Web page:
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The taboo of child rape in Pakistan

Shame and social pressure often stop girls speaking out about rape
Shame and social pressure often stop girls speaking out about rape

Cases of child rape are massively under-reported in Pakistan, but there is some evidence attitudes may be changing.

In 2012, 3,861 cases of child sexual abuse were reported in Pakistan according to Sahil, a local non-governmental organisation. This represented an increase of 17% from the previous year. Campaigners believe this rise in reported cases could reflect the fact that in Pakistan the issue of child abuse is being more openly discussed. Certainly, the recent case of a five year-old girl who was brutally raped in Lahore last month and dumped outside a hospital, received widespread media coverage and sparked mass protests and calls for justice. The matter has now been taken up at the highest levels of government.

Speaking to the news agency IRIN, a support officer at the Karachi-based non-governmental organisation War Against Rape (WAR) explained that in the “conservative society” of Pakistan, “rape is taboo” and few families want to talk about it, let alone go to the police. Reported cases may therefore only be around 10–20% of the actual number of child victims each year. WAR has come across many children who have suffered sexual abuse but are reluctant to speak out.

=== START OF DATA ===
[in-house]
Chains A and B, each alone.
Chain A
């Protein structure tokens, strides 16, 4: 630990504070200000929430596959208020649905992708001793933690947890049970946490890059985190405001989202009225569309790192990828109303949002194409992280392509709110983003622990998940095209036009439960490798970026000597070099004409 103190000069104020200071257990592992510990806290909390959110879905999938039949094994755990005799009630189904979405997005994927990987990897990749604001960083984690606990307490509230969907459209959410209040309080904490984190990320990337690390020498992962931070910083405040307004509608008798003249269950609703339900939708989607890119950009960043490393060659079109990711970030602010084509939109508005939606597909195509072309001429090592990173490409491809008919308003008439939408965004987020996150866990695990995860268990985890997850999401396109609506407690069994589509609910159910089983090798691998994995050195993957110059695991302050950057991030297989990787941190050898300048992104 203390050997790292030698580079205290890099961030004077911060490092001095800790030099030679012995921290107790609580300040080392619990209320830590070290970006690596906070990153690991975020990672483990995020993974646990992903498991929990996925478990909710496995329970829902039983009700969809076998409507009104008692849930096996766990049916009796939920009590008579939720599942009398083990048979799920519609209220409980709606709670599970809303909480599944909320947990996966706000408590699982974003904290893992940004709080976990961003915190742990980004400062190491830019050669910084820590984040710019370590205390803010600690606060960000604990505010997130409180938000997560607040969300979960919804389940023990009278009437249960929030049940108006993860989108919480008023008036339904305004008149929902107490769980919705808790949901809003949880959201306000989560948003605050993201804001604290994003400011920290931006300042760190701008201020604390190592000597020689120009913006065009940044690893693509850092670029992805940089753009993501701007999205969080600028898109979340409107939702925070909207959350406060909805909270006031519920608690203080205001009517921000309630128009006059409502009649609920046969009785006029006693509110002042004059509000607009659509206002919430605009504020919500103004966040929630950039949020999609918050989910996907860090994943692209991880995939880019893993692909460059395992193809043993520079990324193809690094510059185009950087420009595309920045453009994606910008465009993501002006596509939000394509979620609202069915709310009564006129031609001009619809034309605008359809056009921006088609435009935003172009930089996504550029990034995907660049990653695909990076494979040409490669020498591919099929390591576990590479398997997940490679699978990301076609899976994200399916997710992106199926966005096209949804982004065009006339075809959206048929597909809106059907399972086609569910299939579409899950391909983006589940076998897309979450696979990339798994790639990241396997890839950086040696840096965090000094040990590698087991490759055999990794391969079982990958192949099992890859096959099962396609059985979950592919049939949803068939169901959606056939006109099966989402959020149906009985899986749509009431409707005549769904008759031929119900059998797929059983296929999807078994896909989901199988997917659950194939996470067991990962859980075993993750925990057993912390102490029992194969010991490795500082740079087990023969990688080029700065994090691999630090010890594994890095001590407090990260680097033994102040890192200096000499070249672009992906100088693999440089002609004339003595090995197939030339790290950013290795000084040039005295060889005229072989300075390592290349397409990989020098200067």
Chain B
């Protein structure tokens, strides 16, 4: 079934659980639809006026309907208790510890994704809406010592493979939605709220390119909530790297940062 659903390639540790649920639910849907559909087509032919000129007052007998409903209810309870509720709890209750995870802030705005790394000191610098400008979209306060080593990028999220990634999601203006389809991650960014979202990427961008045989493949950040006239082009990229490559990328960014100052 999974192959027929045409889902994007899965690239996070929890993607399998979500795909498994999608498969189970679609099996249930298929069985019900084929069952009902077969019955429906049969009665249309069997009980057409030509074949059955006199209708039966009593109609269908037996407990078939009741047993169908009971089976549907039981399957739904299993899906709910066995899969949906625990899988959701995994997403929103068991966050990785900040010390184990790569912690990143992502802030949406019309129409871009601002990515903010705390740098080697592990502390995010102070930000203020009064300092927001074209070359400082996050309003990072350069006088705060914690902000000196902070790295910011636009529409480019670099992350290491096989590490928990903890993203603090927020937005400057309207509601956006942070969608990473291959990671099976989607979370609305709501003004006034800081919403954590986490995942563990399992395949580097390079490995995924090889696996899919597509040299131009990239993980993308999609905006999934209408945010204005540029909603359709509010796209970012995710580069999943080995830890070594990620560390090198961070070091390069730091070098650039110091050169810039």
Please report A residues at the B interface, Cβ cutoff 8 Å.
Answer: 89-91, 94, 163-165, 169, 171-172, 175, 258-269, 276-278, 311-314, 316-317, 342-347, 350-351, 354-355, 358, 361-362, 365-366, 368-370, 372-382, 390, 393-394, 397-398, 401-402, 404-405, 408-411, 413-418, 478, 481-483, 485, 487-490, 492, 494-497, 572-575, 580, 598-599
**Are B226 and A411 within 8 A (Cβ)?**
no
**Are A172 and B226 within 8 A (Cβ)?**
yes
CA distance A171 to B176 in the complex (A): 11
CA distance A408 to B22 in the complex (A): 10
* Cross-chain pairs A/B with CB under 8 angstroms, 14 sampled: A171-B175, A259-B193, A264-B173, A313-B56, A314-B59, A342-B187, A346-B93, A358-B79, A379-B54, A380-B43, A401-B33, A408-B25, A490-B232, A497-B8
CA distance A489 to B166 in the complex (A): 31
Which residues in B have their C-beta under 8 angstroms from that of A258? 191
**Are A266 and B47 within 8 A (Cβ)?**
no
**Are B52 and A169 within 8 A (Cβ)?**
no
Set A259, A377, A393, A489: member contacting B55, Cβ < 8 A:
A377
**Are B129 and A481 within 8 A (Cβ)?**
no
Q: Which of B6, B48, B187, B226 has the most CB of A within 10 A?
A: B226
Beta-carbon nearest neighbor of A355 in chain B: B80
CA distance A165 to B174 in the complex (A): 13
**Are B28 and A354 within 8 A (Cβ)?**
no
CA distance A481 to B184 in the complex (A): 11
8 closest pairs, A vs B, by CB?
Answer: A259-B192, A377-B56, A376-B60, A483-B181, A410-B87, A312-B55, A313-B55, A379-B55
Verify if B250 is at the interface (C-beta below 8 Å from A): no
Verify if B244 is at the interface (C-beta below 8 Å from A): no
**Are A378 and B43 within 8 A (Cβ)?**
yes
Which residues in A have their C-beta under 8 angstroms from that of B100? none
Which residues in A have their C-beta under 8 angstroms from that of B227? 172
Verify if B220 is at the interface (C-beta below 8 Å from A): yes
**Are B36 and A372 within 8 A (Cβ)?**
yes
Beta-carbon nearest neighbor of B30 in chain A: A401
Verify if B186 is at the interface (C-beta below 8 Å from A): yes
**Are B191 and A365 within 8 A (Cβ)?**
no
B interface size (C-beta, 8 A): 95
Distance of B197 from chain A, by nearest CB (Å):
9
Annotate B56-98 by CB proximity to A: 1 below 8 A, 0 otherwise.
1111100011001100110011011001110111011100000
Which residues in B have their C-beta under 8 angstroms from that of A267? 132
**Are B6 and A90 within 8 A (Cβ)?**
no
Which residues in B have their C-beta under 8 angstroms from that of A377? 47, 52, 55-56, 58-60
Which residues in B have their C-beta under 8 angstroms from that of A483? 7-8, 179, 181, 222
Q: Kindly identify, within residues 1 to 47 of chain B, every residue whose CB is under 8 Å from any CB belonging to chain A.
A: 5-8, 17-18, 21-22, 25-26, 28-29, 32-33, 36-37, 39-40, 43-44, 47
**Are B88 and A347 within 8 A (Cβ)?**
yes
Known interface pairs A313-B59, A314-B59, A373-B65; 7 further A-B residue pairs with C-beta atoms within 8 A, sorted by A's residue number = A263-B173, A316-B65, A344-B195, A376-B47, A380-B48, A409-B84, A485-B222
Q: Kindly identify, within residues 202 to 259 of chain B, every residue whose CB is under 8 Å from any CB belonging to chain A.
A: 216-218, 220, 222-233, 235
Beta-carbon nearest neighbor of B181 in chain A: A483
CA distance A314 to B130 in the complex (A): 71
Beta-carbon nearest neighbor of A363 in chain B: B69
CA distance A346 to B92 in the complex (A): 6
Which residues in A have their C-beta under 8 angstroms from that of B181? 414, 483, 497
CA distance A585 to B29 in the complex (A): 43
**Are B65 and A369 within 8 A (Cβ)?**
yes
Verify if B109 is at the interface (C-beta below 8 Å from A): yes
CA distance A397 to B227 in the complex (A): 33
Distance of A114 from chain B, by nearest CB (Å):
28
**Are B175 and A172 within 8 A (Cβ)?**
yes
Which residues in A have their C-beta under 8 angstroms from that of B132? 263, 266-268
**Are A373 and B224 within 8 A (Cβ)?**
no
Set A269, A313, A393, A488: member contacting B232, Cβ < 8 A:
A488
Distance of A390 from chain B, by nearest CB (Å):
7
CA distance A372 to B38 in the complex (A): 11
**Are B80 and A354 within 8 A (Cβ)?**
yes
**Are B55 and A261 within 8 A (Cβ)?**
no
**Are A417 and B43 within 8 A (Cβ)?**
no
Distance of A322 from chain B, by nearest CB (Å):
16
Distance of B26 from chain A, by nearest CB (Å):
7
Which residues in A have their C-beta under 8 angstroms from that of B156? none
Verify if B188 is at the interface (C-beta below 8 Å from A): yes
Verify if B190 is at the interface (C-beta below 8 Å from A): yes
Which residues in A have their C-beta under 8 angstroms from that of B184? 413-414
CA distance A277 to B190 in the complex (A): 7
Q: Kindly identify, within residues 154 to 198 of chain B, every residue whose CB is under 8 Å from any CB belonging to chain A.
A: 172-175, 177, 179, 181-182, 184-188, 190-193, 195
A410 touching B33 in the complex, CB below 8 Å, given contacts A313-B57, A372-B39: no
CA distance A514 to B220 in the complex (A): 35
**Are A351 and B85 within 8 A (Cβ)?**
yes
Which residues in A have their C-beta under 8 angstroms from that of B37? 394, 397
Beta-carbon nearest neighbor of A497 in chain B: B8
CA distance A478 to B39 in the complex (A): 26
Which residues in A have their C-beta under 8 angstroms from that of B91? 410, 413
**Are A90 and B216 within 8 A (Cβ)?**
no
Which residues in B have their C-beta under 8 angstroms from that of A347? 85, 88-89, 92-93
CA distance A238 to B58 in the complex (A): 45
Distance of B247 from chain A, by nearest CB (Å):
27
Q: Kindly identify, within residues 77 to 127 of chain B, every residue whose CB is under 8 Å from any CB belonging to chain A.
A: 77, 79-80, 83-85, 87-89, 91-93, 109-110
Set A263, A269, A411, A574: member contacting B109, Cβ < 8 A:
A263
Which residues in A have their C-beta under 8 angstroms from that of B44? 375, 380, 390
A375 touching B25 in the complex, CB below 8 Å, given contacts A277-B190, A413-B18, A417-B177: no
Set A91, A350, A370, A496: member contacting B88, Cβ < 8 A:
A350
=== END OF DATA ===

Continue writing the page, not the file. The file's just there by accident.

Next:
Local NGOs, such as Sahil and WAR, believe that the recent furore surrounding the five year-old girl has focused attention on the issue of rape and sexual abuse. A spokesperson at Sahil told IRIN that “more cases” of child rape were being reported across the country since the incident. A separate case of a four year-old boy being abused in a nursery in Faisalabad has also garnered media attention.

Accepting that abuse takes place

When assessing the data on the reported cases of child rape and abuse, nearly half are carried out by an “acquaintance” or person “known to the victim and their family”. Even when families ignore the social pressures to remain quiet and come forward to report abuse, they face a long legal process and stigma within their communities. One young mother who was raped by a neighbour when she was 13 says that “no one” was told what had happened, even her own father, “because of the shame”. And despite her own experience, the mother said she didn’t think she would be able to talk about “sex or rape” with her own daughter.

Campaigners and local NGOs therefore face an uphill task in battling to raise awareness about child seuxal abuse. Nevertheless, by providing training sessions to teachers in schools, particularly in orthodox areas, they hope to advise others how to recognise the signs of sexual abuse and how to talk to children. In their work, the NGOs say that at least they have found “an increased readiness” among school staff to discuss the issue more openly and to accept that though Pakistan is an Islamic country, sexual abuse of children still takes place.

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